By the fifth or sixth month, the hair follicles produce delicate fetal hair called lanugo, first on the head and then on other parts of the body. The lanugo is usually shed before birth.
The two principal types of integumentary glands are the sebaceous (oil) and sudoriferous (sweat) glands. Both develop from the germinal layer of the epidermis. The epithelial (secretory) portions of sebaceous glands develop as outgrowths (evaginations) from the sides of the developing hair follicles and remain connected to the follicles. The oily secretions of a mature sebaceous gland empty onto and lubricate the shaft of a hair in a hair follicle.
Sweat and Mammary Glands
The epithelial portions of the sudoriferous (sweat) glands develop from downgrowths (invaginations) of the stratum basale of the epidermis into the dermis. A sweat gland develops as an epithelial column (the secretory portion of the developing gland) that proliferates into the dermal mesenchyme, coils, and becomes hollow. The connective tissue and blood vessels associated with the sweat glands develop from mesoderm.
The sweat glands appear during the fourth month on the palms and soles and a little later in other regions. At birth, the ducts of the sweat gland carry secretions of the gland cells to the skin surface.
Mammary glands are modified sweat glands that similarly develop as downward proliferations of the germinal epithelium. Unlike sweat glands, however, mammary glands only develop along a mammary ridge. Also, rather than coiling, the mammary bud branches extensively as it extends into the dermis to form the secretory and ductal portions of the mammary glands. Generally, only a single pair of pectoral (chest) mammary glands develops in human beings.
The mammary glands of newborns, male and female, are frequently swollen and, stimulated by maternal hormones that passed into the fetal circulation through the placenta; they may discharge small amounts of a secretion called "witchs milk." Further elaboration of the duct and gland system of the female mammary glands occurs at puberty, but functional maturity does not occur until late in pregnancy.
Nails begin development at about ten weeks along the dorsal aspect of each digit. Fingernails begin to develop about two weeks earlier than the toenails. The first indication of nail development is the appearance of a thickened area of epithelium called the primary nail field near the tips of the digits. These thickenings settle into the dermis, and the proximal and lateral borders of the nail field become thickened as nail folds. Continued mitotic activity at the proximal nail fold produces a toughened nail plate (nail) of keratinized epithelium that grows forward over the nail bed. Nail production at first involves all of the germinative cells of the nail field but, by birth, nail production is restricted to the nail root. The nails do not reach the tips of the digits until the ninth month.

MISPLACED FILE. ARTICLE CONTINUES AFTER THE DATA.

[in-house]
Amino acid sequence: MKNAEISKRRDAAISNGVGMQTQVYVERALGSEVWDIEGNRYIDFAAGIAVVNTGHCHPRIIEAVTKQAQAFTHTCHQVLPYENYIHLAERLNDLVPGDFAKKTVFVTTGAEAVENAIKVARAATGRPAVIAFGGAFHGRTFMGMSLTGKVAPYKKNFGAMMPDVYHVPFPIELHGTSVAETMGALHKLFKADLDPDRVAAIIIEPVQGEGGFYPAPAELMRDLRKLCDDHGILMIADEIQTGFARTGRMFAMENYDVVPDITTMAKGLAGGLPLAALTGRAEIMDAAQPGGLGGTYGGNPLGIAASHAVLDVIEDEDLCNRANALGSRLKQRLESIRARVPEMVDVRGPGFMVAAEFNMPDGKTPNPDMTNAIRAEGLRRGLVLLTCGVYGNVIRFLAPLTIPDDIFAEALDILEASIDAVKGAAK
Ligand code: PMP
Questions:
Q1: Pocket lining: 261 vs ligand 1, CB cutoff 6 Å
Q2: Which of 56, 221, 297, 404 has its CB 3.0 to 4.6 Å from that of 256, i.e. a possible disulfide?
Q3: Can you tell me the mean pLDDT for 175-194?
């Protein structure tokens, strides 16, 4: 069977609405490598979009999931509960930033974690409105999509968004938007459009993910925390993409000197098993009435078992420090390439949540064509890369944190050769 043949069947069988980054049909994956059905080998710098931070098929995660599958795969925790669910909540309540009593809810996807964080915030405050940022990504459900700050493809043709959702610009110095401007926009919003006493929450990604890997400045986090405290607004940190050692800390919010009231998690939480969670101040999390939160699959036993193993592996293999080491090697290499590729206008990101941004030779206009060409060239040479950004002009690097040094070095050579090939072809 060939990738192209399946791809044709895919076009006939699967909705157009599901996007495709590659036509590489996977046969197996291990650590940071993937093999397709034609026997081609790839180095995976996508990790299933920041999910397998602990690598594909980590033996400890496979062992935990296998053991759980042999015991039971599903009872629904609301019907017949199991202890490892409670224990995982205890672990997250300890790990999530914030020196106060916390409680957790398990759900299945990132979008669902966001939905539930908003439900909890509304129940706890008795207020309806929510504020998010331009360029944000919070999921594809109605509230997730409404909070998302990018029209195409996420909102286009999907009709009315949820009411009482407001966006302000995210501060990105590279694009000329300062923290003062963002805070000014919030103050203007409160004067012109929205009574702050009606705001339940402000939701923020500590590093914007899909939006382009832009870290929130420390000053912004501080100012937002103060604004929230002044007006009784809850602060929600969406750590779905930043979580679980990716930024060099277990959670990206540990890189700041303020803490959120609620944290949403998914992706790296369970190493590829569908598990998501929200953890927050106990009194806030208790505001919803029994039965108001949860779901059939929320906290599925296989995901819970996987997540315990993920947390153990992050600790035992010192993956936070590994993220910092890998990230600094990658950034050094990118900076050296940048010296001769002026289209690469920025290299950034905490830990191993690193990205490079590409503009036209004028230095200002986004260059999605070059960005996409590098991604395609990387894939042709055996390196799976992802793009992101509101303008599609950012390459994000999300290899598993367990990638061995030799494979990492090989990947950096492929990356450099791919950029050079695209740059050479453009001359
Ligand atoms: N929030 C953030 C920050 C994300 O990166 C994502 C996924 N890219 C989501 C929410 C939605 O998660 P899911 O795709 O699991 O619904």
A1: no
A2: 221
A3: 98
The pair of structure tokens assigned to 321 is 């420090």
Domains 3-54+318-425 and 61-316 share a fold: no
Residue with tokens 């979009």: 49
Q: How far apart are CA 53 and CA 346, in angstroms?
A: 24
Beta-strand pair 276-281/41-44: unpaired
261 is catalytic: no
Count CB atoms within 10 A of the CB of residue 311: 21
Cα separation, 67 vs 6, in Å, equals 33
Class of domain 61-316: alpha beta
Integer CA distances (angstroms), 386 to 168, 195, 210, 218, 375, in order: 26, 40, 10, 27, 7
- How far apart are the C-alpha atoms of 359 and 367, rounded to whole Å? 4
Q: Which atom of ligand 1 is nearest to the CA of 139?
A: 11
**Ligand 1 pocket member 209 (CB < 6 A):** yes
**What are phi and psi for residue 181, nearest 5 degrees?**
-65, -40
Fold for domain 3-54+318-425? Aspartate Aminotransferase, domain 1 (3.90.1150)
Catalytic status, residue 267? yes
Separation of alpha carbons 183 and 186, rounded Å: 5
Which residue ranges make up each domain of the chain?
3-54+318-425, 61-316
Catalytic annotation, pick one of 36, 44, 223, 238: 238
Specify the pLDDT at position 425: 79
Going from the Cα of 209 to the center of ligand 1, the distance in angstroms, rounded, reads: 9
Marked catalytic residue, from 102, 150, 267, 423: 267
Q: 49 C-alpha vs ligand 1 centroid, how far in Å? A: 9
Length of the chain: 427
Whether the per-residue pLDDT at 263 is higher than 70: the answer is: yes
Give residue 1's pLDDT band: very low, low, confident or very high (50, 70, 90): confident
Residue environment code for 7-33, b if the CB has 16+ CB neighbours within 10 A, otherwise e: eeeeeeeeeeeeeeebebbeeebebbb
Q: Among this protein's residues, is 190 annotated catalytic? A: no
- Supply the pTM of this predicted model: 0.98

Teeth develop from ectoderm of the oral cavity and surrounding mesoderm. Ectodermal cells called ameloblasts produce enamel. All other dental tissues develop from mesoderm (mesenchyme). Odontoblasts produce a thick layer of dentine deep to the enamel. Cementoblasts in the root of the tooth produce cement.
This photomicrograph of the scalp in a human fetus shows a developing hair (H). Compare with the figure presented above, and note the sebaceous gland (S) and arrector pili muscle (A). The large structure with the pale center below the hair and to the right of the sebaceous gland is very near the hair bulb.
This photomicrograph through the fingertip of a human fetus shows the layers of the epidermis. The stratum basale (B), or stratum germinativum, is a single layer of cuboidal cells separated from the dermis (D) by a basement membrane too thin to resolve by light microscopy. The stratum spinosum (S), or prickle cell layer, has cells that are in the process of growth and early keratin synthesis. Cells that have granules that contribute to the process of keratinization characterize the stratum granulosum (G), or granular layer. The stratum corneum (C), or cornified layer, has flattened, fused cell remnants composed mainly of the fibrous protein keratin.
This photomicrograph shows the development of human deciduous (left) and permanent teeth (right). Compare this figure with those presented earlier.
Development of the Layers of the Integument
Hair and Sebaceous Glands